FBI uses Spanish lawmaker's photo for Osama's poster
A Spanish lawmaker was horrified to learn that the FBI used an online photograph of him to create an image showing what Osama bin Laden might look like today. The image using Gaspar Llamazares' photo appeared on a wanted poster updating the US government's 1998 photo of the Al-Qaida leader.world Updated: Jan 17, 2010 11:10 IST
A Spanish lawmaker was horrified to learn that the FBI used an online photograph of him to create an image showing what Osama bin Laden might look like today.
The image using Gaspar Llamazares' photo appeared on a wanted poster updating the US government's 1998 photo of the Al-Qaida leader.
FBI spokesman Ken Hoffman acknowledged to the Spanish newspaper El Mundo that the agency used a picture of Llamazares taken from Google Images.
In a statement on Saturday, the agency would say only that it was aware of similarities between their age-progressed image "and that of an existing photograph of a Spanish public official."
"The forensic artist was unable to find suitable features among the reference photographs and obtained those features, in part, from a photograph he found on the Internet," the FBI said in a statement to The Associated Press.
The wanted poster appeared on the State Department Web site rewardsforjustice.net, listing a reward of up to $25 million. The FBI said the photo of bin Laden would be removed from the Web site.
Llamazares, former leader of the United Left party, was elected to Spain's parliament in 2000. The photograph of him used to make the wanted poster originally appeared on posters for his 2004 general-election campaign.
He said he would no longer feel safe traveling to the United States after his hair and facial wrinkles appeared on the bin Laden image.
"I was surprised and angered because it's the most shameless use of a real person to make up the image of a terrorist," Llamazares said Saturday at a news conference. "It's almost like out of a comedy if it didn't deal with matters as serious as bin Laden and citizens' security."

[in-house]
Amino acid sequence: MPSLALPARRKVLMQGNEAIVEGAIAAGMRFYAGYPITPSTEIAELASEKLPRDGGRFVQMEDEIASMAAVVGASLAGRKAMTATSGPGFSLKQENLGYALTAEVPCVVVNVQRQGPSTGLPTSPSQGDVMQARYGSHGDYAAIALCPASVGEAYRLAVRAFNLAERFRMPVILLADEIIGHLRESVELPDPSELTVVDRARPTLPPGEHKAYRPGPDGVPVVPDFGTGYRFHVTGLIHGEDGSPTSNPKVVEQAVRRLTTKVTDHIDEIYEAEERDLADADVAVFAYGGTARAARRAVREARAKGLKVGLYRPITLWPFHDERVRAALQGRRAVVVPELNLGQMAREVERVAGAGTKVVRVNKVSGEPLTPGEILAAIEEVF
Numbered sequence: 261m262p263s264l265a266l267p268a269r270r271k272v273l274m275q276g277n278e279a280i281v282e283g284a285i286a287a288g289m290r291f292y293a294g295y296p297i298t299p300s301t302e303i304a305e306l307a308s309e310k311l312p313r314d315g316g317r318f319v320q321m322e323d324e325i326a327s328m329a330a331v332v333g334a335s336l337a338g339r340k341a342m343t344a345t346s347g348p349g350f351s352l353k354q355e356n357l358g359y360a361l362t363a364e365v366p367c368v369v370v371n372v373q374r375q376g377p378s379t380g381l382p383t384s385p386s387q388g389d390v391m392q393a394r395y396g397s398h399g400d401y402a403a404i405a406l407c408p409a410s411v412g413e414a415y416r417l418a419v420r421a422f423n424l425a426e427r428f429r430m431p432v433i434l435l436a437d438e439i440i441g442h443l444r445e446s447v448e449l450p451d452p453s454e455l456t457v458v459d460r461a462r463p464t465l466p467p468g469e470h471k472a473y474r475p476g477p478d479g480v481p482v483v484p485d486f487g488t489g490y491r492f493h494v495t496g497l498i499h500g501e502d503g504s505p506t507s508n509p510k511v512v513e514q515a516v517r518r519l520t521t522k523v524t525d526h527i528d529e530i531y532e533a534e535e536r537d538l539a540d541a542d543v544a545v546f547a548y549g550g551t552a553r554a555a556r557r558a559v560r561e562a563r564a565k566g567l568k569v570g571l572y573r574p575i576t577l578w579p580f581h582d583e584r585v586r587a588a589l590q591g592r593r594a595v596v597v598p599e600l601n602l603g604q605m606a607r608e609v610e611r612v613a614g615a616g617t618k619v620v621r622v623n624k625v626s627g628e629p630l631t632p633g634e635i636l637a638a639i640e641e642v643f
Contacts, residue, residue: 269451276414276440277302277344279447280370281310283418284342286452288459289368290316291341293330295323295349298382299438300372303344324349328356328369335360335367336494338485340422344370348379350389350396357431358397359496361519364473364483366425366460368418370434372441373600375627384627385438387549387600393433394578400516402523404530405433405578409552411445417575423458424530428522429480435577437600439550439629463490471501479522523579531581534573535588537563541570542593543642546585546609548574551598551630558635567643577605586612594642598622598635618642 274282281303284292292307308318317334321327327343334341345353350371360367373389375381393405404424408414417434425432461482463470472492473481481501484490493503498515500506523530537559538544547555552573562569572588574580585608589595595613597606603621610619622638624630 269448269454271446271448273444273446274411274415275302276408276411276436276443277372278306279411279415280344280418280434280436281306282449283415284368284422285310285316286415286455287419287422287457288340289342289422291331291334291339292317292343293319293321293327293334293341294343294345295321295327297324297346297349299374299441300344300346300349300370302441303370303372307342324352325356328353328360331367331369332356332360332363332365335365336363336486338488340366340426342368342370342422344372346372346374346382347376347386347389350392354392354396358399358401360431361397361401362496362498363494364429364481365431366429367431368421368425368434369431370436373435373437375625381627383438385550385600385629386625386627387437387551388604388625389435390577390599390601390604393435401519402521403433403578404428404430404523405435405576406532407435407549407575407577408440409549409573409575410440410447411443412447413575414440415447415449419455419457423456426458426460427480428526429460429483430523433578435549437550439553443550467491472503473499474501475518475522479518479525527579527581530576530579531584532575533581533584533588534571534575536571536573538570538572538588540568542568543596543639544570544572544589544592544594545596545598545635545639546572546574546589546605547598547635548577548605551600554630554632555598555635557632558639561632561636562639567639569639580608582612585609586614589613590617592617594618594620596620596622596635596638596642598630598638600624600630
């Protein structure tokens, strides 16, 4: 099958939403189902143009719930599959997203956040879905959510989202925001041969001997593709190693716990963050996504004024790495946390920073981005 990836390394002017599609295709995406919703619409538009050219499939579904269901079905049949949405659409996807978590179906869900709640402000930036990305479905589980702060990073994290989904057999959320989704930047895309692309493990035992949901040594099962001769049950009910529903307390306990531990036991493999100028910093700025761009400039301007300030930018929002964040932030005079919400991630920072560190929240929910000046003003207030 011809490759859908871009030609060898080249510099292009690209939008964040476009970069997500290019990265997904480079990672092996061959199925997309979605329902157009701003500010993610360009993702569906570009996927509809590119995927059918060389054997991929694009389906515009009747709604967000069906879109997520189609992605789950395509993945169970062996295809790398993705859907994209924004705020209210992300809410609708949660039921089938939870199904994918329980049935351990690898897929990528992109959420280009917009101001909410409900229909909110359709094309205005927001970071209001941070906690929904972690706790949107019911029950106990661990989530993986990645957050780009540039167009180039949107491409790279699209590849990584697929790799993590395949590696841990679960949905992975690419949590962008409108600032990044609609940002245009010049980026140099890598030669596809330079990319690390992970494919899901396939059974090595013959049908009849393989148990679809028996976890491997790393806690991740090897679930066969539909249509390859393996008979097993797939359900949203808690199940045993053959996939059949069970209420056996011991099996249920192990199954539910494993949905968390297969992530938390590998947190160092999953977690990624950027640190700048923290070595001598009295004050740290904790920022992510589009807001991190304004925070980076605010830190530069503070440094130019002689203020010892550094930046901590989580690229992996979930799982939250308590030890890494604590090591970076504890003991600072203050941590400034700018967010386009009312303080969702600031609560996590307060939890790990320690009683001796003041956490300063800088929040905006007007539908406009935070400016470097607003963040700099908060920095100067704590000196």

Llamazares planned to ask the U.S. government for an explanation and said he reserved the right to take legal action. Llamazares said he was concerned to see the government resorting to what he called sloppy techniques, especially in the light of recent terrorism alerts such as the attempted Christmas Day bombing of a Detroit-bound airplane.
"It might provoke mirth, but it demonstrates that what we're seeing from security services isn't exactly recommendable," he said.
Llamazares said he has "no similarity, physically or ideologically" to bin Laden. They do share one trait _ both are 52. Jose Morales, spokesman for Llamazares' party, was surprised that computer images such as the retouched bin Laden photo were made using photos of real people.
Bin Laden, who is wanted in the Sept. 11, 2001, terrorist attacks and the 1998 U.S. embassy bombings in Tanzania and Kenya, is believed to be hiding in the lawless Pakistan frontier bordering Afghanistan. His exact whereabouts have been unknown since late 2001, when he and some bodyguards slipped out of the Tora Bora mountains after evading air strikes, special forces and Afghan militias.